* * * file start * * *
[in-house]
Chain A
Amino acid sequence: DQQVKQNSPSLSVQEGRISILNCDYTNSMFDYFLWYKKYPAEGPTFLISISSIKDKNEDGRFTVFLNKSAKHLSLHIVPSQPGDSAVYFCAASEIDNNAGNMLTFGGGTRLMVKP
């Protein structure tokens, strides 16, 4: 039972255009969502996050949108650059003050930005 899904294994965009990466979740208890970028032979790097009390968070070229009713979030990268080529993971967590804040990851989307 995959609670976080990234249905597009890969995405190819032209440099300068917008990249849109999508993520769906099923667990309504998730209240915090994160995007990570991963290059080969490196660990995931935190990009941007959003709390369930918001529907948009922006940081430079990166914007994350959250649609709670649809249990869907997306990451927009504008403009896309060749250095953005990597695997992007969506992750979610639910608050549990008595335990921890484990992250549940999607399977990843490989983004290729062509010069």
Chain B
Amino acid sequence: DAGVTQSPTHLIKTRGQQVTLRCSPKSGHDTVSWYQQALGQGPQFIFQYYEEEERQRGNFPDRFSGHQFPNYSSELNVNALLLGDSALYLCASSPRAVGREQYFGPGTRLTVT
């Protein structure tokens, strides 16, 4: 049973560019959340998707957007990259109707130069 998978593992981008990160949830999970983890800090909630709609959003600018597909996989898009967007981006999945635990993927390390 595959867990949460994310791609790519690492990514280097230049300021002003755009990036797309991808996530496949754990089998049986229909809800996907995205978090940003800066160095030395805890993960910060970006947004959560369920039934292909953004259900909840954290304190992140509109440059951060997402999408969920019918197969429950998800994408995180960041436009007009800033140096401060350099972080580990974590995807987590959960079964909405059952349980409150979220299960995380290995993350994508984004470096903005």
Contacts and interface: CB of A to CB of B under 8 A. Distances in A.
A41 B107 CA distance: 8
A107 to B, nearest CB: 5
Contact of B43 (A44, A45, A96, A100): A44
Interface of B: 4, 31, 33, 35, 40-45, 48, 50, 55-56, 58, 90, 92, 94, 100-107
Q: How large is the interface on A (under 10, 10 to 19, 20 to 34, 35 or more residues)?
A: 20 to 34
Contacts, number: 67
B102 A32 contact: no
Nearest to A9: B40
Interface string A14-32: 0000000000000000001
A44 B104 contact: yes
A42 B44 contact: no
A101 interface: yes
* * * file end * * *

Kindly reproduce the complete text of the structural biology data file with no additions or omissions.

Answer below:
[in-house]
Chain A
Amino acid sequence: DQQVKQNSPSLSVQEGRISILNCDYTNSMFDYFLWYKKYPAEGPTFLISISSIKDKNEDGRFTVFLNKSAKHLSLHIVPSQPGDSAVYFCAASEIDNNAGNMLTFGGGTRLMVKP
């Protein structure tokens, strides 16, 4: 039972255009969502996050949108650059003050930005 899904294994965009990466979740208890970028032979790097009390968070070229009713979030990268080529993971967590804040990851989307 995959609670976080990234249905597009890969995405190819032209440099300068917008990249849109999508993520769906099923667990309504998730209240915090994160995007990570991963290059080969490196660990995931935190990009941007959003709390369930918001529907948009922006940081430079990166914007994350959250649609709670649809249990869907997306990451927009504008403009896309060749250095953005990597695997992007969506992750979610639910608050549990008595335990921890484990992250549940999607399977990843490989983004290729062509010069």
Chain B
Amino acid sequence: DAGVTQSPTHLIKTRGQQVTLRCSPKSGHDTVSWYQQALGQGPQFIFQYYEEEERQRGNFPDRFSGHQFPNYSSELNVNALLLGDSALYLCASSPRAVGREQYFGPGTRLTVT
């Protein structure tokens, strides 16, 4: 049973560019959340998707957007990259109707130069 998978593992981008990160949830999970983890800090909630709609959003600018597909996989898009967007981006999945635990993927390390 595959867990949460994310791609790519690492990514280097230049300021002003755009990036797309991808996530496949754990089998049986229909809800996907995205978090940003800066160095030395805890993960910060970006947004959560369920039934292909953004259900909840954290304190992140509109440059951060997402999408969920019918197969429950998800994408995180960041436009007009800033140096401060350099972080580990974590995807987590959960079964909405059952349980409150979220299960995380290995993350994508984004470096903005």
Contacts and interface: CB of A to CB of B under 8 A. Distances in A.
A41 B107 CA distance: 8
A107 to B, nearest CB: 5
Contact of B43 (A44, A45, A96, A100): A44
Interface of B: 4, 31, 33, 35, 40-45, 48, 50, 55-56, 58, 90, 92, 94, 100-107
Q: How large is the interface on A (under 10, 10 to 19, 20 to 34, 35 or more residues)?
A: 20 to 34
Contacts, number: 67
B102 A32 contact: no
Nearest to A9: B40
Interface string A14-32: 0000000000000000001
A44 B104 contact: yes
A42 B44 contact: no
A101 interface: yes